Already, organisations such as Chromaroma are turning the chore of the daily commute into a social and game-playing activity, and we can expect more innovative ideas to enhance travel experiences. By 2060 we will also see a much more balanced approach to commuting as working patterns evolve. Population growth we will lead to a four day working week - with two major work modes: ME and/or WE time. ME = Focused Work Time and WE = Collaborative & Meeting Time. I see four key work scenarios for 2060.

a) THE MOBILE CITIZEN:  Always on the go = by plane, public transport or electric car.
b) THE FAMILY PROVIDER: Works 9-5 in the office or occasionally from home = Public transport or economical car commuter.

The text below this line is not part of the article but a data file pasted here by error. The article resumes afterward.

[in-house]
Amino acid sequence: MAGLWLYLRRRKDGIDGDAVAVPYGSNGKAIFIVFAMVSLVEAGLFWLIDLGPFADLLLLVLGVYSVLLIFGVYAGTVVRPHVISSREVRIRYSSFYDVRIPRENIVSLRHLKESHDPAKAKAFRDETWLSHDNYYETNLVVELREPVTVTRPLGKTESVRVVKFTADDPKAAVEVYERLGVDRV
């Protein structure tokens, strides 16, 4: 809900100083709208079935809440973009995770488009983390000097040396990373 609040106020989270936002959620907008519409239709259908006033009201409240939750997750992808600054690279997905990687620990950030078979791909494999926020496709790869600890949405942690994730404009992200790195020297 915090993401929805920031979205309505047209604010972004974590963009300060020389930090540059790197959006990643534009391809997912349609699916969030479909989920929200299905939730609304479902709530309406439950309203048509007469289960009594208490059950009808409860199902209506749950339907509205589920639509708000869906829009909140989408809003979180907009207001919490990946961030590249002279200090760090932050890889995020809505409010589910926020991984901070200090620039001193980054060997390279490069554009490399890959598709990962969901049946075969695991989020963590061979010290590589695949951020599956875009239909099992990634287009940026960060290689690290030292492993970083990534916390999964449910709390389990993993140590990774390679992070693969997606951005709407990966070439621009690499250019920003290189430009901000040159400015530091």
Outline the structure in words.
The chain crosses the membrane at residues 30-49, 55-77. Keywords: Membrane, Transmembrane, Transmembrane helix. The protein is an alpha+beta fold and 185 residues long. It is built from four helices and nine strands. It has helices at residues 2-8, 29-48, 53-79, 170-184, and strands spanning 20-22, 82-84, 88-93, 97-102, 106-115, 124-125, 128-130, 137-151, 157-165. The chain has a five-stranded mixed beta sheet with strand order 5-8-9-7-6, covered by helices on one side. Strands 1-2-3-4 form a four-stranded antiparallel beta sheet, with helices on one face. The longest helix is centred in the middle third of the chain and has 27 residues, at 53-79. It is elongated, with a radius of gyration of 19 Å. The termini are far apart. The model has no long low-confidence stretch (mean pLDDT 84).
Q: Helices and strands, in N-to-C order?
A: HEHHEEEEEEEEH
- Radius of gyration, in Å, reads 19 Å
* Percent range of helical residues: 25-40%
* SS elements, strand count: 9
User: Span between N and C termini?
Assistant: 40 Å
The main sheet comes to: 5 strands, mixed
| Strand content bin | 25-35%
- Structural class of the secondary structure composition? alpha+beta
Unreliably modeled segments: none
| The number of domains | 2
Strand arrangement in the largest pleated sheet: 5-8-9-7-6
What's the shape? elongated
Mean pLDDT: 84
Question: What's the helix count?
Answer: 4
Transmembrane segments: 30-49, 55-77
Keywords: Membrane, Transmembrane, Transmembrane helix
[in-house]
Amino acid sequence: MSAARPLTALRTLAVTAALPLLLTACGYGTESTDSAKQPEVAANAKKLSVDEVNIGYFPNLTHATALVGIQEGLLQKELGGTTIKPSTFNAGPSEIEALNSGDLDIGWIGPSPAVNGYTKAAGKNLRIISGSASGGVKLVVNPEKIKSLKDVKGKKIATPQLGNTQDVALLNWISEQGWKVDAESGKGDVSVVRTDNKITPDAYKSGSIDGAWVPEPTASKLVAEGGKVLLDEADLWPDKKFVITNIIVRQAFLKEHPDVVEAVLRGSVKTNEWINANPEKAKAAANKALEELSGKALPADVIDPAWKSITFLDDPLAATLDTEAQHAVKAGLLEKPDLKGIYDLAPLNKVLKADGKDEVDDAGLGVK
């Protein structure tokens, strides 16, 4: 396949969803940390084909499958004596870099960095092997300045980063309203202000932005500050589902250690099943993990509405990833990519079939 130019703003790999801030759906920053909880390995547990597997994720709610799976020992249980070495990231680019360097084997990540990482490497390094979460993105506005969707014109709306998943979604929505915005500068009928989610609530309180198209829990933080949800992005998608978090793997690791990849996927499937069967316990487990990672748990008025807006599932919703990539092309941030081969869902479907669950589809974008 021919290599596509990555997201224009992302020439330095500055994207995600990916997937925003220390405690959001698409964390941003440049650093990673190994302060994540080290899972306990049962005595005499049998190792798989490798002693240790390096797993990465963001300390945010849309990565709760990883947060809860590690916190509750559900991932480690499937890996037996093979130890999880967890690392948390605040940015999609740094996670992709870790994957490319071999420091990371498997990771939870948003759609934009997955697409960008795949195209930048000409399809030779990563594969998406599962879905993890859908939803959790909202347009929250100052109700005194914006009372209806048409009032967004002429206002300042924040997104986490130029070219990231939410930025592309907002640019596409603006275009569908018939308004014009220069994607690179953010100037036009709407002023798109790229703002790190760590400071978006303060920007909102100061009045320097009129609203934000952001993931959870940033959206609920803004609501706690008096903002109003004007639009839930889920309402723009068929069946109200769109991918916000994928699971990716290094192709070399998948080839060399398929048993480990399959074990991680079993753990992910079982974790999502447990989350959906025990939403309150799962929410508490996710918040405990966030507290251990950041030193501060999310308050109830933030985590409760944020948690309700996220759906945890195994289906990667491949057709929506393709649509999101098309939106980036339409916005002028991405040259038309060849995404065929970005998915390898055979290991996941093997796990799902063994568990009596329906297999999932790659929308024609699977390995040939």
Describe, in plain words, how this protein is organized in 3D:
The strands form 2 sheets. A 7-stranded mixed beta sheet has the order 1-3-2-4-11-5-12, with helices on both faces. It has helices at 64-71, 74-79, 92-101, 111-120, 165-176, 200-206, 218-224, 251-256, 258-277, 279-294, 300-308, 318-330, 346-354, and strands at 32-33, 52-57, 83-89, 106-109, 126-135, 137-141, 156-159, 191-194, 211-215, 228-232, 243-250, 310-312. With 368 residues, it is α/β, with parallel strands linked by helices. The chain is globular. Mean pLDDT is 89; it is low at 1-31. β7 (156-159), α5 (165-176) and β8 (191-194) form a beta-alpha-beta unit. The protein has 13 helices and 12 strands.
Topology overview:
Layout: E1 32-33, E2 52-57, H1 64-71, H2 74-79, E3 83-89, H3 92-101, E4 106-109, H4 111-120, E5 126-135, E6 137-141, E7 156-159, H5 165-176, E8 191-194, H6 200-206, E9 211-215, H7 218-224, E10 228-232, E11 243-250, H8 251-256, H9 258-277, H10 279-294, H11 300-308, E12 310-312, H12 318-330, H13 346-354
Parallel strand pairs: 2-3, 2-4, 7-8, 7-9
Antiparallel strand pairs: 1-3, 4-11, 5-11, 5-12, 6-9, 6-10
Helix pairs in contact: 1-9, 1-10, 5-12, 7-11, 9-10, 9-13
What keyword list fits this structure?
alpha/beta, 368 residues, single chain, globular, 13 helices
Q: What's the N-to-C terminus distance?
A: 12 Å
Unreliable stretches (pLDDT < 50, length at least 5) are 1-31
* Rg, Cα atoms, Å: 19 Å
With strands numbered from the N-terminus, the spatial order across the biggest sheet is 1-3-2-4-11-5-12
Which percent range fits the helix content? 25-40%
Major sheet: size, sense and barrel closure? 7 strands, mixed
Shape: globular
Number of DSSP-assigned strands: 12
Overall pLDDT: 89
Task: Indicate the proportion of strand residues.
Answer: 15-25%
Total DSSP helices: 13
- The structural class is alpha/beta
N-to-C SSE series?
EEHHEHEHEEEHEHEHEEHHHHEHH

c) THE FREE-STYLER: Works on the cloud - in a freelance and multi-faceted way, combining paid work with personal and collaborative projects = Mostly no commuting.
d) THE IDEALIST:  social entrepreneur  and community work, mostly based within their local environment = Commutes by bicycle or walking.

2) How will we go on holiday in 50 years time?

This depends on which mindsets group we fit into, but in general there will be a reappraisal of what holiday means – both in terms of time spent away, and the activities we engage in. Already we see a strong focus on sabbaticals, not just gap years/months for the young, but for those who have reached a point in their life where they want to take time out to learn new things, contribute to wider society or focus on personal growth and development. Pressure for carbon footprint reduction may also influence this, meaning that when we choose to travel long distance we maximise the value of the journey by staying for longer than a week or two.